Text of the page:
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Food Chem Toxicol. 2002 Jul;40(7):1023-32.

Comparison of acute toxicities of indolo[3,2-b]carbazole (ICZ) and 2,3,7,8-tetrachlorodibenzo-p-dioxin (TCDD) in TCDD-sensitive rats.

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National Public Health Institute, Laboratory of Toxicology, PO Box 95, FIN-70701 Kuopio, Finland.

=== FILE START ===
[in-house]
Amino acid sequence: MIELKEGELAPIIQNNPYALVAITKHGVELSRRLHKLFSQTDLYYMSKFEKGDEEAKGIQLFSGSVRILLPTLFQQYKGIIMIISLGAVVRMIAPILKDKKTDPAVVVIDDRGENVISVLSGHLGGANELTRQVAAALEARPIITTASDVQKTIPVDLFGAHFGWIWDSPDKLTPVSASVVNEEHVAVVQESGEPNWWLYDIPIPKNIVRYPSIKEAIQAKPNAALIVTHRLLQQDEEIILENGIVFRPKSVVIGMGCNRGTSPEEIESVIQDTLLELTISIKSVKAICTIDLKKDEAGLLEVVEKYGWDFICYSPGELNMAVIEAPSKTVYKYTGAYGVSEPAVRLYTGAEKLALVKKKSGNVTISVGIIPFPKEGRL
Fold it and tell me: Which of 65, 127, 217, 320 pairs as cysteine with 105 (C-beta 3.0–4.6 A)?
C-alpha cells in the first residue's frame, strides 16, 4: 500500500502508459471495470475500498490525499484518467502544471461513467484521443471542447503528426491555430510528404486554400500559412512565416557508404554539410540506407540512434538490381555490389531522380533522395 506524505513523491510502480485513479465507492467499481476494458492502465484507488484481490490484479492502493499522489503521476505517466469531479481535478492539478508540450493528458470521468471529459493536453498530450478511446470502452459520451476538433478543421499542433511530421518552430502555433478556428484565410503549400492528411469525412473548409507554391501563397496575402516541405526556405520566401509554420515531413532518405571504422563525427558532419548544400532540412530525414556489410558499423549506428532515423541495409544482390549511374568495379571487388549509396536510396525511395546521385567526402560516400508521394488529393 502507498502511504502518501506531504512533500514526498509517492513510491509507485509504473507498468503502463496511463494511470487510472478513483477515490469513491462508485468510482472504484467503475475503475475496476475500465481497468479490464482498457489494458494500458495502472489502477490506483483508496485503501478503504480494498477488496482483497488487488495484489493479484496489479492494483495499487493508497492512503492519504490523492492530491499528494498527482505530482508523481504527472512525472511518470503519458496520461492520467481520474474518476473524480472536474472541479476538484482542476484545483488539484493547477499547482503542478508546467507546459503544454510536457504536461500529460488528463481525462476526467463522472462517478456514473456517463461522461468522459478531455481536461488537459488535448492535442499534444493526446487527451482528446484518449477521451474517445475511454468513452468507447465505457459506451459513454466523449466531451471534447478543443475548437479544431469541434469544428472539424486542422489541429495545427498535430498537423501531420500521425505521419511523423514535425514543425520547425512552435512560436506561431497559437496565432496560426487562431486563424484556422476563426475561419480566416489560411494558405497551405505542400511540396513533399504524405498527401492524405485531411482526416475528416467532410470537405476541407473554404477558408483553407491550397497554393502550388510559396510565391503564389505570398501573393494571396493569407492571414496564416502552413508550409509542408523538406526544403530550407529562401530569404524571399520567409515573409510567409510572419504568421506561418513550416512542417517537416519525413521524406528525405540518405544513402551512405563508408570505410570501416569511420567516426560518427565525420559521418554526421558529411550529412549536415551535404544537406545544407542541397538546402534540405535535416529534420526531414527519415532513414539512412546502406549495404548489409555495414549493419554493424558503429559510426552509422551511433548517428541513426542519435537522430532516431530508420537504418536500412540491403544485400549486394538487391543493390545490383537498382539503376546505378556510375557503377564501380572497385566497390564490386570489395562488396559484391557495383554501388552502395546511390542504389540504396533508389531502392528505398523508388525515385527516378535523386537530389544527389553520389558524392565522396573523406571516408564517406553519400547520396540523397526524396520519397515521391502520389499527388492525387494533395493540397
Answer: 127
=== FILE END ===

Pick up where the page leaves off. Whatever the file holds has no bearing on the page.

2,3,7,8-Tetrachlorodibenzo-p-dioxin (TCDD) and related halogenated aromatic hydrocarbons are environmental toxicants that act via the AH receptor (AHR). In vitro studies have demonstrated that some indole derivatives present in cruciferous vegetables also bind to the AHR. One of the highest AHR binding affinities is exhibited by indolo[3,2-b]carbazole (ICZ). Since exposure to these dietary indoles is quantitatively far larger than that to halogenated aromatic compounds, their potential toxic risks have raised concern. In the present study, we compared the effects of ICZ with those of a single dose of 20 microg/kg TCDD in the most TCDD-sensitive rat strain (Long-Evans [Turku AB]) (L-E). Whereas TCDD elicited the expected toxicity syndrome, ICZ, either as a single subcutaneous dose (63.5, 127 or 508 microg/kg) or with repeated sc dosing (508 microg/kg for 5 days) failed to reproduce any toxic impacts of TCDD. Furthermore, a simultaneous ICZ treatment (63.5 or 127 microg/kg for 10 days) did not interfere with TCDD (20 microg/kg; single exposure) action. A moderate hepatic induction of CYP1A1 could be triggered by repeated intragastric administration of ICZ (127 microg/kg for 4 days, the last treatment 2.5 h prior to termination). In control experiments in a reconstituted yeast system, ICZ potently and dose-dependently activated L-E rat AHR function demonstrating that it represents a bona fide high-affinity ligand for the rat receptor in vivo. Thus, the present study does not support the view that dietary exposure to ICZ would present a hazard of AHR-mediated adverse health effects to humans.

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